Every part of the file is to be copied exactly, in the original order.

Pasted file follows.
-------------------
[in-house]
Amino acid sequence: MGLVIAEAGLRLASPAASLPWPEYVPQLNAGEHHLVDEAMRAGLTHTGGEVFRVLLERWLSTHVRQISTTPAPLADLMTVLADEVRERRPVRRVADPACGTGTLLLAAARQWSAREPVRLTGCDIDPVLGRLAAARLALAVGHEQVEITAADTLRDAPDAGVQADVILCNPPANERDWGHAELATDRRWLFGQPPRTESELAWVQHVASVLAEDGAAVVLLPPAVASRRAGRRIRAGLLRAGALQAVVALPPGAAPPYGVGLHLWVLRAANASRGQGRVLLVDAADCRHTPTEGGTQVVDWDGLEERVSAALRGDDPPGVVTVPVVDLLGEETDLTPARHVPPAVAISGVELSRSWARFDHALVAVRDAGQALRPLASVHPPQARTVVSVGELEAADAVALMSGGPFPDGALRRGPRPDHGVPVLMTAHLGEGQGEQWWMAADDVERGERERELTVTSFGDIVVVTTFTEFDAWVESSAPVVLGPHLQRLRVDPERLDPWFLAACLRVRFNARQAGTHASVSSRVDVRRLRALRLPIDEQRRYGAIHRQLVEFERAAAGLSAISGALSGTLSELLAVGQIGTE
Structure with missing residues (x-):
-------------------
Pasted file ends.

[in-house]
Amino acid sequence: MGLVIAEAGLRLASPAASLPWPEYVPQLNAGEHHLVDEAMRAGLTHTGGEVFRVLLERWLSTHVRQISTTPAPLADLMTVLADEVRERRPVRRVADPACGTGTLLLAAARQWSAREPVRLTGCDIDPVLGRLAAARLALAVGHEQVEITAADTLRDAPDAGVQADVILCNPPANERDWGHAELATDRRWLFGQPPRTESELAWVQHVASVLAEDGAAVVLLPPAVASRRAGRRIRAGLLRAGALQAVVALPPGAAPPYGVGLHLWVLRAANASRGQGRVLLVDAADCRHTPTEGGTQVVDWDGLEERVSAALRGDDPPGVVTVPVVDLLGEETDLTPARHVPPAVAISGVELSRSWARFDHALVAVRDAGQALRPLASVHPPQARTVVSVGELEAADAVALMSGGPFPDGALRRGPRPDHGVPVLMTAHLGEGQGEQWWMAADDVERGERERELTVTSFGDIVVVTTFTEFDAWVESSAPVVLGPHLQRLRVDPERLDPWFLAACLRVRFNARQAGTHASVSSRVDVRRLRALRLPIDEQRRYGAIHRQLVEFERAAAGLSAISGALSGTLSELLAVGQIGTE
Structure with missing residues (x-):